Liebhold says cable cars made sense in cities with steep hills, like San Francisco and Seattle; a car being pulled uphill by a cable doesn’t face the same issues as a street car attempting the same hill on electric-powered steel wheels.
“One of the advantages of a cable car in a hilly environment is that you don’t have the traction issue, so that you can that you can go up steep, steep hills,” Liebhold said, pointing out that cable car technology emerged in the coal industry in the second half of the 19th century.
As anachronistic is it might seem, Liebhold says cable cars could be more practical now than ever, given the current premium being placed on access to fresh air.
“In this time of pandemic, the cable car would actually be a relatively safe form of transportation because it’s not terribly enclosed,” Liebhold said. “It has a central bench with a roof over it, but only poles supporting it.”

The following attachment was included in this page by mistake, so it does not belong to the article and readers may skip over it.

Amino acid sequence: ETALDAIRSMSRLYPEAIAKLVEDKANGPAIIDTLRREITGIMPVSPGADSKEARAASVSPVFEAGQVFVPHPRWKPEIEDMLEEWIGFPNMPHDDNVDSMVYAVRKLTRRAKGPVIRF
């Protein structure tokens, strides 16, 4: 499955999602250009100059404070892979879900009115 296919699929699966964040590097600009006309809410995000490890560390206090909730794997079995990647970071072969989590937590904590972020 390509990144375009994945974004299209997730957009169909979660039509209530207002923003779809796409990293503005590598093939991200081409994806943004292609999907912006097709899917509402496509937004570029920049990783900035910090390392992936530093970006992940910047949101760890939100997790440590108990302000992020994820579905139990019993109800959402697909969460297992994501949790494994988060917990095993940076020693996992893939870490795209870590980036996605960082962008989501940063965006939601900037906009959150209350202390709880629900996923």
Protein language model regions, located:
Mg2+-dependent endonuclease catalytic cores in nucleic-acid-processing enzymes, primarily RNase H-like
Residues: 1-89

“It’s really quite an alfresco operation,” he added.
Like the near-twin at the MOHAI, there’s no exhibit on the immediate horizon for the Seattle cable car at the Smithsonian.
“But we’re always delighted to loan it to other museums,” Liebhold said. “The Smithsonian hates to see things in storage, so we loan many objects to other museums. So perhaps this little bit of notoriety will get somebody excited about seeing it come out of storage and be put on exhibition in their museum.”
Meanwhile, back on Yesler Way, other artifacts from 1888 to 1940 may be hard to come by, but the First Hill trolley travels over some of the same parts of the road where the cables ceased operation 80 years ago.
And far to the south, the cables and cable cars of San Francisco are still in motion.
Voters there decided in 1947 to keep two cable car lines as a tourist attraction. The same notion was considered – and rejected — by officials in Seattle a decade earlier.